The other Berkeley-staged number in the film is full of domino masks and mirrors and trees shedding silver foil in an endlessly reflective autumn or spring and it's actually quite nice, with a kind of carnival Cinderella motif to accompany the song "Don't Say Goodnight," but "Goin' to Heaven on a Mule" goes on for so long and is placed so close to the end of the movie—thankfully we get out of it before the credits, which cannot be said of many musicals Berkeley worked on—that it ends up leaving the dominant impression, along with the part where Al Wonder cheerfully exploits a dude's suicidal depression to get his love object out of trouble. It's a very considerate movie that way. If the extended blackface didn't bounce your brain off the inside of your forehead, you'll still get tonal whiplash on the way out. I should mention here that it independently confuses me that the story is taking place in Paris, if for no other reason than that a nightclub named "Wonder Bar" should by all rights have existed in Weimar Berlin, but I expect that impression was partly formed by the HFA's print coming from Gosfilmofond by way of German elements, meaning that all onscreen writing was in either German or French and random reels had German subtitles stuck to the bottom of the screen. Seriously, the more I think about this, the more I kind of want the crossover with the Kit Kat Klub, only not, because Cabaret has got sufficient Nazis that it doesn't need blackface. I don't know what else I can say. I regret nothing about the experience of watching Wonder Bar because it happened in pre-Code Hollywood, for better and for worse, but eighty percent Menschen im Hotel and twenty percent Tambo and Bones is not my ideal ratio of entertainment. This artifact brought to you by my better-educated backers at Patreon.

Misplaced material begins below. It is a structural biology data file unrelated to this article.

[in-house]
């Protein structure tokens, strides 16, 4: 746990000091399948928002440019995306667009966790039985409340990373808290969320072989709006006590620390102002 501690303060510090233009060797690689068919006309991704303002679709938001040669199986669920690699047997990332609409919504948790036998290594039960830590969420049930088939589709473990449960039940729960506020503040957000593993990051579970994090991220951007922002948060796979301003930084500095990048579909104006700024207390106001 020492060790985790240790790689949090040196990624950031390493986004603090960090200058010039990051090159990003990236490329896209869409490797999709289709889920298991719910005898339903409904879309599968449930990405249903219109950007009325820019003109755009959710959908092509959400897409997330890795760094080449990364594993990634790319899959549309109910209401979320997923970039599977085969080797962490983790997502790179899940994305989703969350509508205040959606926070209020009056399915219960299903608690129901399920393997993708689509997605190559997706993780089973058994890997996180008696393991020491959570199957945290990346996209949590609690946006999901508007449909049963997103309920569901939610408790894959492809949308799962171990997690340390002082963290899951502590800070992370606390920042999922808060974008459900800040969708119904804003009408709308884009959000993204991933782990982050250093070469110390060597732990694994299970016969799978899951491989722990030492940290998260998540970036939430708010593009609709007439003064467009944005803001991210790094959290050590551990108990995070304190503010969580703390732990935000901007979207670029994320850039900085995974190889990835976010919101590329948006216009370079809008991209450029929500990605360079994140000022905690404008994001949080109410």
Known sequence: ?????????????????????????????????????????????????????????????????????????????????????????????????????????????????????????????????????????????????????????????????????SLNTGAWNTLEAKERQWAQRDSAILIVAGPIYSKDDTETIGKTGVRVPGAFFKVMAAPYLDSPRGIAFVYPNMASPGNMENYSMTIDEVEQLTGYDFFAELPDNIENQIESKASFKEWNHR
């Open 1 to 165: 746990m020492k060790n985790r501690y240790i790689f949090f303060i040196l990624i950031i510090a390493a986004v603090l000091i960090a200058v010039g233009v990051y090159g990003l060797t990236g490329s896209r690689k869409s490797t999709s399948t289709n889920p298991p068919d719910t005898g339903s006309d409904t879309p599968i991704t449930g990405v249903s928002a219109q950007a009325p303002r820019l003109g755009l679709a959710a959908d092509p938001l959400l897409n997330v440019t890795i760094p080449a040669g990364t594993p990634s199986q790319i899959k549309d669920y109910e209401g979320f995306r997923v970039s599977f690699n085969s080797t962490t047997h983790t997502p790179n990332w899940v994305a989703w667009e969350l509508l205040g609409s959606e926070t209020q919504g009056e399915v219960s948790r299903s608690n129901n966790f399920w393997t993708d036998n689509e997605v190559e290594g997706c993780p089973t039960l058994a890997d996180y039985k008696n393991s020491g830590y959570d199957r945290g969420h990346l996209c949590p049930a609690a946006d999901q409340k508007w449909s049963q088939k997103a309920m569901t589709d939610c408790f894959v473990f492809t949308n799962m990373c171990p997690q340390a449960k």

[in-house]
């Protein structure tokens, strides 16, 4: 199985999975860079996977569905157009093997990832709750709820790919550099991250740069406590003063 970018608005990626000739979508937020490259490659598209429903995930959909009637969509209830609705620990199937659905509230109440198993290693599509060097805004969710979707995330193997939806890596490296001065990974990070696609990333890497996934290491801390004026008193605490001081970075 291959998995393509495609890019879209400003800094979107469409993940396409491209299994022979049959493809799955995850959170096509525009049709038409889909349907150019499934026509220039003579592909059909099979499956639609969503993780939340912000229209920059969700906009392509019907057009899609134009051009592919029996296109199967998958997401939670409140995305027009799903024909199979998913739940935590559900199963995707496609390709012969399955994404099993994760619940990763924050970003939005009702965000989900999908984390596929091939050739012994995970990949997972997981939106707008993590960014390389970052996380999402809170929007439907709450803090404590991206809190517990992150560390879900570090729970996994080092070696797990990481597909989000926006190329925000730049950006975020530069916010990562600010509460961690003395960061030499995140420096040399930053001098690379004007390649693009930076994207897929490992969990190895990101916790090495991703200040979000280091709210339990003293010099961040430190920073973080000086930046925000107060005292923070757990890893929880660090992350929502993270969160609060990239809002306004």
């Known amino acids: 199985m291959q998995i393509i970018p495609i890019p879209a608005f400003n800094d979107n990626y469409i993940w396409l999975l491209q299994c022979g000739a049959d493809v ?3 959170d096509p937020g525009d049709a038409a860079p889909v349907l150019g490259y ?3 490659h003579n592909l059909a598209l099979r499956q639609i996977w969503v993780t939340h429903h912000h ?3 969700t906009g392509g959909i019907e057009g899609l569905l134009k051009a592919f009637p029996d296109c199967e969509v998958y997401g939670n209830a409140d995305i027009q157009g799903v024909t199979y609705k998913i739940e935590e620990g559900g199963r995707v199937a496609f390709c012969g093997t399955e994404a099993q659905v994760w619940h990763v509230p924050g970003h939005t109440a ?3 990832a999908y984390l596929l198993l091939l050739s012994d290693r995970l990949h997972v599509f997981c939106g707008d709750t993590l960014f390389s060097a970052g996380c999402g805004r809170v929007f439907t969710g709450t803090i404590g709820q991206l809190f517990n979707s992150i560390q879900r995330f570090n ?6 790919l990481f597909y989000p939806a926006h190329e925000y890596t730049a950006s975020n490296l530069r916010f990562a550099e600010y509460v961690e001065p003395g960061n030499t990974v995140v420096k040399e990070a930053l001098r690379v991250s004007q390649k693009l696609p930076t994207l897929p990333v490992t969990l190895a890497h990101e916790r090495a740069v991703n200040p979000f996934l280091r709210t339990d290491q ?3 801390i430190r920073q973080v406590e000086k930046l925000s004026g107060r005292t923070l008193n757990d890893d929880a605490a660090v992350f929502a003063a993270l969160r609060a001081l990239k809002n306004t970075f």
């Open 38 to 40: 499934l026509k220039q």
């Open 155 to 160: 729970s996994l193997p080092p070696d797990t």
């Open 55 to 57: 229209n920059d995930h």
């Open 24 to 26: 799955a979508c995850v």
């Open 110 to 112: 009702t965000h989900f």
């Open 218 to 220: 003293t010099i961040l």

1. Through pure coincidence of the kind that frequently attends interaction with Lady Mondegreen, on my way out the door to Harvard Square I discovered a package which turned out to be the copy she had sent me of Derek Sculthorpe's Van Heflin: A Life in Film (2016). On reading that Heflin ran away to sea at age fourteen (taking a camera on all his voyages so that he could take snapshots for his grandmother in southern California; she tracked his progress on her atlas) and loved the writing of Joseph Conrad, I realized instantly that the alternate universe which contains Wuthering Heights with Robert Newton and all those other contrafactual movies of my heart would have had the good sense to cast Van Heflin in a screen version of Lord Jim: I'm sure I'd have facepalmed my way through its Southeast Asian setting as hard as I did through the New Zealand of Green Dolphin Street (1947), but damn would he have knocked the character out of the park. I might even have preferred him to Peter O'Toole.
sovay: (Default)
I walked into a street sign tonight. I was getting off a bus, making sure I had zipped up my computer bag so that it wasn't raining in on Vicki Baum's Grand Hotel (trans. Basil Creighton/Margot Bettauer Dembo, 2016), and all of a sudden there was a piece of vertical steel against my left cheekbone and temple and my teeth clicked together very hard. Someone behind me asked if I was all right. I said I thought so, thanks. I had not stopped moving, just reoriented around the sign and kept walking down the slushy sidewalk. It took me until after dinner—I had brought a chicken Caesar wrap and a lime-pistachio cookie home from Dave's Fresh Pasta as a treat and ate them while reading more Grand Hotel—to notice that the left side of my face hurt at all. I think if I had hit it hard enough to cause real damage, it would hurt a lot more, or have started to come out in bruises, or something else exciting. I am more concerned about the way Autolycus keeps sneezing.